4/17/19: Pop-up eaglets – https://youtu.be/0rMSm7wpxSQ. I really enjoyed this video! D33 (left) and D32 (right) are snoozing in a comfy cozy cuddle pile! Suddenly D33 pops up and stretches its little neck! It preens its down a little and looks around while D32 continues to sleep off its last large meal! At 3:33, the two eaglets look at one another (check out those adorable little wings!) and go into a staring stand-off, which ends in a dominance display. D33 submits and D32 ‘stands’ straight up, giving us a great look at its greyish underside and bulgy little crop! A clown-clomper with taupe talons comes into view at 3:43. D32 pops up and down several more times, at one point seeming to watch the flies that are attracted to the prey pile at the bottom of N2B!
Decorah North
4/18/19: Mr. Flies In With Fish, DNF Feeds DN9 – https://youtu.be/6AmyRtZKUUY. Mr. North’s fly-in is very cool! He lands in the nest and DNF teakettles for fish. Does this remind anyone of Mom? Mr. North knows the score – he drops the fish and takes off! DNF gives DN9 a nice long feeding in a wind-blown nest!
4/18/19: DN9 Tries Casting Pellet & Eats NestOver – https://youtu.be/JgpMuwvnhU4. At 18 days of age, DN9 hit an important eaglet milestone – self-feeding! This is a small but step on the long road to prey drops, unzipping a carcass, and carving it up yourself. DN9 also tries to cast a pellet. Pellets are made of indigestable matter like fur, scales, and bits of bone. The tiny chunks that hatchling eaglets get are mostly digestable, but DN9 has been eating bigger bites with more indigestible ingredients. They have to come out somehow!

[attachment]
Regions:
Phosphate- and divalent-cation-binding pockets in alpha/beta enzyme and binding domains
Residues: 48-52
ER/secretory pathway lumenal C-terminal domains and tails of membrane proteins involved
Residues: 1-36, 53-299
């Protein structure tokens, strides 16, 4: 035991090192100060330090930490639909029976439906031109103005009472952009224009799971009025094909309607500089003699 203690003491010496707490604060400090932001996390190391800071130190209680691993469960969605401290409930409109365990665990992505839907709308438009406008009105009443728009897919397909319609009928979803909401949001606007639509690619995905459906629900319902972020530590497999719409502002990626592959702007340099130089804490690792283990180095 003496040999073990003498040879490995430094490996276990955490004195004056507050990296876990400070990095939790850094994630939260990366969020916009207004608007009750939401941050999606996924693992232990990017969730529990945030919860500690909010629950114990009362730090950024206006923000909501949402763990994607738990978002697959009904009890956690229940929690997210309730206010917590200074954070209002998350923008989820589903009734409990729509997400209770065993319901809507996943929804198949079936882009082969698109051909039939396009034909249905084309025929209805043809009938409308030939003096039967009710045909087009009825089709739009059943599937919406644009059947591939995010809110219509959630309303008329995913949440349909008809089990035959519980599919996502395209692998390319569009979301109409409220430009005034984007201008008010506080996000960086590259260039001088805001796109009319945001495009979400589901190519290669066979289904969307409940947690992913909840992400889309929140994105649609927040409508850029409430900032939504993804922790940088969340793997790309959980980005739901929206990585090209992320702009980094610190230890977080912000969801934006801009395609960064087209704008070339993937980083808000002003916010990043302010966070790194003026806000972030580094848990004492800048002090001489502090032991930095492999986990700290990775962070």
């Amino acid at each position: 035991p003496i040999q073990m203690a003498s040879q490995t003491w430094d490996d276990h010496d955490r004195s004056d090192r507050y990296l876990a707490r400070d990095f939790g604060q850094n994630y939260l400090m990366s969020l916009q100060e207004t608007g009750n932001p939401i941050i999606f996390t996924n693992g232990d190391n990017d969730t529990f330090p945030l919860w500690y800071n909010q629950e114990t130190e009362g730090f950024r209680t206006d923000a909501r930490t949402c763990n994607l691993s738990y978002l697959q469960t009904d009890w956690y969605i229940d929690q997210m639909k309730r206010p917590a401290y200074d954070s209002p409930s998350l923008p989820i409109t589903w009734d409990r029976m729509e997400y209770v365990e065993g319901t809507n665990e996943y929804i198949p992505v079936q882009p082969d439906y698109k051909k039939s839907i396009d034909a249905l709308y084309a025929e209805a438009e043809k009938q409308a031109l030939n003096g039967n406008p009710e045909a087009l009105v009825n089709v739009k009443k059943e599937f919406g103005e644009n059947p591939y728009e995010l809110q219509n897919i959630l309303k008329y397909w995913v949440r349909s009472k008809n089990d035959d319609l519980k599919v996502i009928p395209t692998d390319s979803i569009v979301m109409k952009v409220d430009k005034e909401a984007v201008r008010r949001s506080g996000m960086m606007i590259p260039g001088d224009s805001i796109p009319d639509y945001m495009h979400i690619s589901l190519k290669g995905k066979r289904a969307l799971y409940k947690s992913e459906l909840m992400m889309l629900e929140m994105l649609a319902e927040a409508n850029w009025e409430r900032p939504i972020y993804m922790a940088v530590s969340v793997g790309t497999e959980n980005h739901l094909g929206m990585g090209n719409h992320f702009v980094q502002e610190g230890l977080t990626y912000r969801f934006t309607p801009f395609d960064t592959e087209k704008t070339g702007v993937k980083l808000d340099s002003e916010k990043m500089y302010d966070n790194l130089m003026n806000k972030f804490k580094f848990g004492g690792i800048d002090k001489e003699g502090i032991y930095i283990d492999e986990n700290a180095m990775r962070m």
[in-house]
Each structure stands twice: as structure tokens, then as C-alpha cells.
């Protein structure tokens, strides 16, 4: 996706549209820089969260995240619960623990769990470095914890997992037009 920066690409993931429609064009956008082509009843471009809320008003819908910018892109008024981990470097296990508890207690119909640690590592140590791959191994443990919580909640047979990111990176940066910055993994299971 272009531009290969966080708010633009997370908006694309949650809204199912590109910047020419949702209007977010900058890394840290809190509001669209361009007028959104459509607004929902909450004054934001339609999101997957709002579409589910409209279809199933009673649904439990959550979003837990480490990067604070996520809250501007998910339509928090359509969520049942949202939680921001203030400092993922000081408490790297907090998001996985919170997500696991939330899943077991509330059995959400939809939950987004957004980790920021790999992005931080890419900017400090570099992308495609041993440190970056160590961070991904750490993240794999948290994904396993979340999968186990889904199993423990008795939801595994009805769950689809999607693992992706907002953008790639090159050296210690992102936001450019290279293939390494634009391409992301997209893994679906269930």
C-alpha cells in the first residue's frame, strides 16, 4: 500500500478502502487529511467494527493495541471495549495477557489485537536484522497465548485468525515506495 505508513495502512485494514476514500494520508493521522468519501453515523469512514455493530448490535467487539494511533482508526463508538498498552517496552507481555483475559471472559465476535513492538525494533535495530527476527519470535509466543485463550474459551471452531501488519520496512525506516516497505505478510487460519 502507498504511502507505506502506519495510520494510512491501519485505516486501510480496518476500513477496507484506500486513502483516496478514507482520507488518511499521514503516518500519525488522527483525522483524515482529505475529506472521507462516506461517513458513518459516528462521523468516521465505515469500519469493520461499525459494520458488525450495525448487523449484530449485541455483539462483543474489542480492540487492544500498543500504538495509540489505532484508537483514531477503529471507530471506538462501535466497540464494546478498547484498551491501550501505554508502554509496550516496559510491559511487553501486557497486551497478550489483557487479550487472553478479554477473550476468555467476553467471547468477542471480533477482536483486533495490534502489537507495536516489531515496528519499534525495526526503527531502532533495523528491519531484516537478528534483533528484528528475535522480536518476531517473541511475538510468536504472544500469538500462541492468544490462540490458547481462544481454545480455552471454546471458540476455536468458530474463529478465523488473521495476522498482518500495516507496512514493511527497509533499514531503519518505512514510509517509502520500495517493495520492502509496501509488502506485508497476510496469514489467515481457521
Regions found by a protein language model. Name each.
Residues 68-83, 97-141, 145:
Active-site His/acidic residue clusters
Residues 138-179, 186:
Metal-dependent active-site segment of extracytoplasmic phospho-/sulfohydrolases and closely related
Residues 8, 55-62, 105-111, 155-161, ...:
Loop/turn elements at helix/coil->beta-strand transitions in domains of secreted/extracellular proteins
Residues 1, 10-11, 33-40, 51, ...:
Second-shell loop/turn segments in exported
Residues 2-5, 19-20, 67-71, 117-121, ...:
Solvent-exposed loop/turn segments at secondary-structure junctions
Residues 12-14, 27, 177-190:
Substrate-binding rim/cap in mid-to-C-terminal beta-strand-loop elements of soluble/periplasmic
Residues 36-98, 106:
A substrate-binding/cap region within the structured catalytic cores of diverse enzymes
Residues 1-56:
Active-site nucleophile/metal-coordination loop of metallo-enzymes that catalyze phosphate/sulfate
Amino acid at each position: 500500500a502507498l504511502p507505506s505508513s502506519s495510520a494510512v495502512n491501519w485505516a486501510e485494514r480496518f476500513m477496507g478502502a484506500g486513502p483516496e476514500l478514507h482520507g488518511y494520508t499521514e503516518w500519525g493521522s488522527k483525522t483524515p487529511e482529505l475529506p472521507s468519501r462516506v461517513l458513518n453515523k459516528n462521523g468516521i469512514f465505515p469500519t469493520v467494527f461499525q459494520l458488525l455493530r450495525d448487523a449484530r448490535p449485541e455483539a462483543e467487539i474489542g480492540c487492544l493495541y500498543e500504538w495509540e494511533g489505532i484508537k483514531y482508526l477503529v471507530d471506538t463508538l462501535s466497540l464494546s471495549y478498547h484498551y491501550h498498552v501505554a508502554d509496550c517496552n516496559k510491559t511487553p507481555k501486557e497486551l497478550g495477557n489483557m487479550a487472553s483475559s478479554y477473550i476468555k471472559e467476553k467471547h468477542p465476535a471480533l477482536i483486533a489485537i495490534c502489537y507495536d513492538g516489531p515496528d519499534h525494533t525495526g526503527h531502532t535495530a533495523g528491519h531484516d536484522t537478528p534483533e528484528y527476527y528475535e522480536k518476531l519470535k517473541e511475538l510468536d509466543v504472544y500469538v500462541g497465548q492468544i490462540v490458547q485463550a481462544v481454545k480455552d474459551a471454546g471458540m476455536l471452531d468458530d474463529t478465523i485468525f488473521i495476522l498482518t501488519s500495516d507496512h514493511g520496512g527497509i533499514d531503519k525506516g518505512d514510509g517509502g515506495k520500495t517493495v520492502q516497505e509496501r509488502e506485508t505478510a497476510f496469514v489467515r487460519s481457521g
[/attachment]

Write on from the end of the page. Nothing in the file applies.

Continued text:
4/17/19: Cover Me It’s Raining – https://youtu.be/xEI4wIURfGE. DN9 has a lot of thermal down, but that doesn’t mean it wants to sit in the rain! In this extremely cute video, Mr. North steps over the eaglet, who is a little too big to brood easily. He stands over DN9, keeping it safe from the rain! Check out the cool footage of DN9 peeping out from under and behind Mr. North’s tail! It starts at about 2:05. After Mr. North shifts, DN9 ends up in the rain again. It crawls right back under dear Poptent!
Wisconsin Kestrels
4/18/19: Female Kestrel Lays First Egg – https://youtu.be/8VboS_yUAik. And we had just turned the cam on! GSB and Decorah watchers will recognize her egg labor. The final push comes at 2:37. She gets off the egg and begins to preen her lovely feathers!
4/18/19: Male Kestrel Delivers A Snake Snack To His Mate In The Nest Box – https://youtu.be/m7ctvrH0zxw. Full disclosure – I love snakes. I find it much harder to watch snakes being eaten than anything else, including more traditionally cute animals. However, this is a pretty cool video! The male shows up very suddenly at 9 seconds, trilling and alerting his mate to the food drop. She responds and gets up. He passes the snake through the hole and follows her into the box, but quickly leaves. Note how different their beautiful plumage is. American kestrels are one of the few birds of prey that are sexually dimorphic in their plumage. He flies off and she chows down! We also get a great look at the eye spots on the back of her head.